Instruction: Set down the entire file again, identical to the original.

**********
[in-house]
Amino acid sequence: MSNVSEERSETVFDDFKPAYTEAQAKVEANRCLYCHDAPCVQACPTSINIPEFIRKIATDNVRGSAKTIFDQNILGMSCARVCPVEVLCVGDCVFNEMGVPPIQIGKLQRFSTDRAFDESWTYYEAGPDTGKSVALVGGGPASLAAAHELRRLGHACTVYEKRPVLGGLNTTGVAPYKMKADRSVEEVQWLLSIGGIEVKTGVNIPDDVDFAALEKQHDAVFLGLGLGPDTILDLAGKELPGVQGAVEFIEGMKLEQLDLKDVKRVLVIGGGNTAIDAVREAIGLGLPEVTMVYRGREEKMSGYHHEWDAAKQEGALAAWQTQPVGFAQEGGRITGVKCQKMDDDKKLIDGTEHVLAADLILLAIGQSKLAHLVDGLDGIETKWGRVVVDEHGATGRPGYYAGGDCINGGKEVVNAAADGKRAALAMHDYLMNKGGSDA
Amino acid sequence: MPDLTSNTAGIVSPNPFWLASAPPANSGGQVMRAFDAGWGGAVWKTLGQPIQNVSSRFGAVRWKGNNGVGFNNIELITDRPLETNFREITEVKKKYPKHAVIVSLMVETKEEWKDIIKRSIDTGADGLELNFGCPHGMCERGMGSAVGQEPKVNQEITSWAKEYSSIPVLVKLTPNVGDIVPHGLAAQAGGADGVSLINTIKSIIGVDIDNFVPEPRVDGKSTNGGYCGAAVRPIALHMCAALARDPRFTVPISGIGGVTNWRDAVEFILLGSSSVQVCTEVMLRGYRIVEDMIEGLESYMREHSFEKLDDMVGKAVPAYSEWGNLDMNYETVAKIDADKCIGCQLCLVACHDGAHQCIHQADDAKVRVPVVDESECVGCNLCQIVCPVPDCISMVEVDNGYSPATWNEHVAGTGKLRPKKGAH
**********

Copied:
[in-house]
Amino acid sequence: MSNVSEERSETVFDDFKPAYTEAQAKVEANRCLYCHDAPCVQACPTSINIPEFIRKIATDNVRGSAKTIFDQNILGMSCARVCPVEVLCVGDCVFNEMGVPPIQIGKLQRFSTDRAFDESWTYYEAGPDTGKSVALVGGGPASLAAAHELRRLGHACTVYEKRPVLGGLNTTGVAPYKMKADRSVEEVQWLLSIGGIEVKTGVNIPDDVDFAALEKQHDAVFLGLGLGPDTILDLAGKELPGVQGAVEFIEGMKLEQLDLKDVKRVLVIGGGNTAIDAVREAIGLGLPEVTMVYRGREEKMSGYHHEWDAAKQEGALAAWQTQPVGFAQEGGRITGVKCQKMDDDKKLIDGTEHVLAADLILLAIGQSKLAHLVDGLDGIETKWGRVVVDEHGATGRPGYYAGGDCINGGKEVVNAAADGKRAALAMHDYLMNKGGSDA
Amino acid sequence: MPDLTSNTAGIVSPNPFWLASAPPANSGGQVMRAFDAGWGGAVWKTLGQPIQNVSSRFGAVRWKGNNGVGFNNIELITDRPLETNFREITEVKKKYPKHAVIVSLMVETKEEWKDIIKRSIDTGADGLELNFGCPHGMCERGMGSAVGQEPKVNQEITSWAKEYSSIPVLVKLTPNVGDIVPHGLAAQAGGADGVSLINTIKSIIGVDIDNFVPEPRVDGKSTNGGYCGAAVRPIALHMCAALARDPRFTVPISGIGGVTNWRDAVEFILLGSSSVQVCTEVMLRGYRIVEDMIEGLESYMREHSFEKLDDMVGKAVPAYSEWGNLDMNYETVAKIDADKCIGCQLCLVACHDGAHQCIHQADDAKVRVPVVDESECVGCNLCQIVCPVPDCISMVEVDNGYSPATWNEHVAGTGKLRPKKGAH